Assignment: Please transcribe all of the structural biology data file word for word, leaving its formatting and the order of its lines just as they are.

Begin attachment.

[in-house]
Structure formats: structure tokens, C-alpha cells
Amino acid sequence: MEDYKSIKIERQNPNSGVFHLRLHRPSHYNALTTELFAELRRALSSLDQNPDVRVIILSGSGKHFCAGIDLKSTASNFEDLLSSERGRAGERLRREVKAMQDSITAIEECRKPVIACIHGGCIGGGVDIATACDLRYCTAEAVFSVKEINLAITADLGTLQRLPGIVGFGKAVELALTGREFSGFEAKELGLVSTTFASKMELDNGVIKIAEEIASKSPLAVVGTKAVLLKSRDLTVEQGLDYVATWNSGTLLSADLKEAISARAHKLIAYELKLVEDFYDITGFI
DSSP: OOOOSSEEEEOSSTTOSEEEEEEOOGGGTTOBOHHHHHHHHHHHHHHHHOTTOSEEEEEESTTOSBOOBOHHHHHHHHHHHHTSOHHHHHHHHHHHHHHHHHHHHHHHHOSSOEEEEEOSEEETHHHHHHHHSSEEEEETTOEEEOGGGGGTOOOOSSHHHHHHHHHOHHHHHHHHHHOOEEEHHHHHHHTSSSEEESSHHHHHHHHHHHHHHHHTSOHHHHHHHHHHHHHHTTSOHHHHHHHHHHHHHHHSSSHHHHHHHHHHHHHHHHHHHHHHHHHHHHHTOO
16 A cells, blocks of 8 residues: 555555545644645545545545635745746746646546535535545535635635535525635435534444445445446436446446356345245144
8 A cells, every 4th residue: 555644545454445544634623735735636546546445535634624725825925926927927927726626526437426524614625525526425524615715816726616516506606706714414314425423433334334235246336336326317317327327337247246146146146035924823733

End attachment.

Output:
[in-house]
Structure formats: structure tokens, C-alpha cells
Amino acid sequence: MEDYKSIKIERQNPNSGVFHLRLHRPSHYNALTTELFAELRRALSSLDQNPDVRVIILSGSGKHFCAGIDLKSTASNFEDLLSSERGRAGERLRREVKAMQDSITAIEECRKPVIACIHGGCIGGGVDIATACDLRYCTAEAVFSVKEINLAITADLGTLQRLPGIVGFGKAVELALTGREFSGFEAKELGLVSTTFASKMELDNGVIKIAEEIASKSPLAVVGTKAVLLKSRDLTVEQGLDYVATWNSGTLLSADLKEAISARAHKLIAYELKLVEDFYDITGFI
DSSP: OOOOSSEEEEOSSTTOSEEEEEEOOGGGTTOBOHHHHHHHHHHHHHHHHOTTOSEEEEEESTTOSBOOBOHHHHHHHHHHHHTSOHHHHHHHHHHHHHHHHHHHHHHHHOSSOEEEEEOSEEETHHHHHHHHSSEEEEETTOEEEOGGGGGTOOOOSSHHHHHHHHHOHHHHHHHHHHOOEEEHHHHHHHTSSSEEESSHHHHHHHHHHHHHHHHTSOHHHHHHHHHHHHHHTTSOHHHHHHHHHHHHHHHSSSHHHHHHHHHHHHHHHHHHHHHHHHHHHHHTOO
16 A cells, blocks of 8 residues: 555555545644645545545545635745746746646546535535545535635635535525635435534444445445446436446446356345245144
8 A cells, every 4th residue: 555644545454445544634623735735636546546445535634624725825925926927927927726626526437426524614625525526425524615715816726616516506606706714414314425423433334334235246336336326317317327327337247246146146146035924823733